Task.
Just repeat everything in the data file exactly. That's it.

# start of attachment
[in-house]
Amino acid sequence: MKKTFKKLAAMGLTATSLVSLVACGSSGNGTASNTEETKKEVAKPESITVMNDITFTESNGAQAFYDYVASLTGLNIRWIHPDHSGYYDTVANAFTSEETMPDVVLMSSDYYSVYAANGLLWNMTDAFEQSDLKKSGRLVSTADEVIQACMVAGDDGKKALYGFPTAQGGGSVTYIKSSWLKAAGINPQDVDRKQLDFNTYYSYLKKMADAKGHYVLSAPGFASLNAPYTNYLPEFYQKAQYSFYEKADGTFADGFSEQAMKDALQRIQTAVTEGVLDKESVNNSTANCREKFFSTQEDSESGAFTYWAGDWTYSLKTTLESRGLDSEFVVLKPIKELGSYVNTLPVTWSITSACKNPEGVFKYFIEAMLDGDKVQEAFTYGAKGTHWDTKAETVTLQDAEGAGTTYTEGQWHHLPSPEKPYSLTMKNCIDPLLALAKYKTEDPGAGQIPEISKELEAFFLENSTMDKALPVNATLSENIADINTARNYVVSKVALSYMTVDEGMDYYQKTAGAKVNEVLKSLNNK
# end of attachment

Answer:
[in-house]
Amino acid sequence: MKKTFKKLAAMGLTATSLVSLVACGSSGNGTASNTEETKKEVAKPESITVMNDITFTESNGAQAFYDYVASLTGLNIRWIHPDHSGYYDTVANAFTSEETMPDVVLMSSDYYSVYAANGLLWNMTDAFEQSDLKKSGRLVSTADEVIQACMVAGDDGKKALYGFPTAQGGGSVTYIKSSWLKAAGINPQDVDRKQLDFNTYYSYLKKMADAKGHYVLSAPGFASLNAPYTNYLPEFYQKAQYSFYEKADGTFADGFSEQAMKDALQRIQTAVTEGVLDKESVNNSTANCREKFFSTQEDSESGAFTYWAGDWTYSLKTTLESRGLDSEFVVLKPIKELGSYVNTLPVTWSITSACKNPEGVFKYFIEAMLDGDKVQEAFTYGAKGTHWDTKAETVTLQDAEGAGTTYTEGQWHHLPSPEKPYSLTMKNCIDPLLALAKYKTEDPGAGQIPEISKELEAFFLENSTMDKALPVNATLSENIADINTARNYVVSKVALSYMTVDEGMDYYQKTAGAKVNEVLKSLNNK